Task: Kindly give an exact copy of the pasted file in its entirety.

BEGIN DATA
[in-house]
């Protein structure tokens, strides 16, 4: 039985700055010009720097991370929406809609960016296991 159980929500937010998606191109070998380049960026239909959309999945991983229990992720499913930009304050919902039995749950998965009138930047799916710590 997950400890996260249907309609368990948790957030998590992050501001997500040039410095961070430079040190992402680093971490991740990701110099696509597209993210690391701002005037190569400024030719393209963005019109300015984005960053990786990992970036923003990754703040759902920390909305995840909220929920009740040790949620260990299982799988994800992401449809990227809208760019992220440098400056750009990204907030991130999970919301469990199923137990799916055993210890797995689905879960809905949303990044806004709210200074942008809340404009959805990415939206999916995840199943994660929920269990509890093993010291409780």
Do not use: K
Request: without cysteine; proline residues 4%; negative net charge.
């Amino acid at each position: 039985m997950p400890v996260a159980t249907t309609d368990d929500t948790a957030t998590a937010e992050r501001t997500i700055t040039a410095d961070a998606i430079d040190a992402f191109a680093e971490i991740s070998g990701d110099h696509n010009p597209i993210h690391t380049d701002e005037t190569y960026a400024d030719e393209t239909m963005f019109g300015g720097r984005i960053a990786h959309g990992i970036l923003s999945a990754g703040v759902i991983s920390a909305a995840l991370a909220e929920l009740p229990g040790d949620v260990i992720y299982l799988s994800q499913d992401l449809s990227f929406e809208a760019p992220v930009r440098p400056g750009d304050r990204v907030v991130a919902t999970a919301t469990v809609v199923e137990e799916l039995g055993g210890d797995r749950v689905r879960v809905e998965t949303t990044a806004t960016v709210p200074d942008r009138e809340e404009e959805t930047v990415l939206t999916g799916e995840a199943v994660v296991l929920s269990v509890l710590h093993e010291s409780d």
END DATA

[in-house]
């Protein structure tokens, strides 16, 4: 039985700055010009720097991370929406809609960016296991 159980929500937010998606191109070998380049960026239909959309999945991983229990992720499913930009304050919902039995749950998965009138930047799916710590 997950400890996260249907309609368990948790957030998590992050501001997500040039410095961070430079040190992402680093971490991740990701110099696509597209993210690391701002005037190569400024030719393209963005019109300015984005960053990786990992970036923003990754703040759902920390909305995840909220929920009740040790949620260990299982799988994800992401449809990227809208760019992220440098400056750009990204907030991130999970919301469990199923137990799916055993210890797995689905879960809905949303990044806004709210200074942008809340404009959805990415939206999916995840199943994660929920269990509890093993010291409780």
Do not use: K
Request: without cysteine; proline residues 4%; negative net charge.
């Amino acid at each position: 039985m997950p400890v996260a159980t249907t309609d368990d929500t948790a957030t998590a937010e992050r501001t997500i700055t040039a410095d961070a998606i430079d040190a992402f191109a680093e971490i991740s070998g990701d110099h696509n010009p597209i993210h690391t380049d701002e005037t190569y960026a400024d030719e393209t239909m963005f019109g300015g720097r984005i960053a990786h959309g990992i970036l923003s999945a990754g703040v759902i991983s920390a909305a995840l991370a909220e929920l009740p229990g040790d949620v260990i992720y299982l799988s994800q499913d992401l449809s990227f929406e809208a760019p992220v930009r440098p400056g750009d304050r990204v907030v991130a919902t999970a919301t469990v809609v199923e137990e799916l039995g055993g210890d797995r749950v689905r879960v809905e998965t949303t990044a806004t960016v709210p200074d942008r009138e809340e404009e959805t930047v990415l939206t999916g799916e995840a199943v994660v296991l929920s269990v509890l710590h093993e010291s409780d």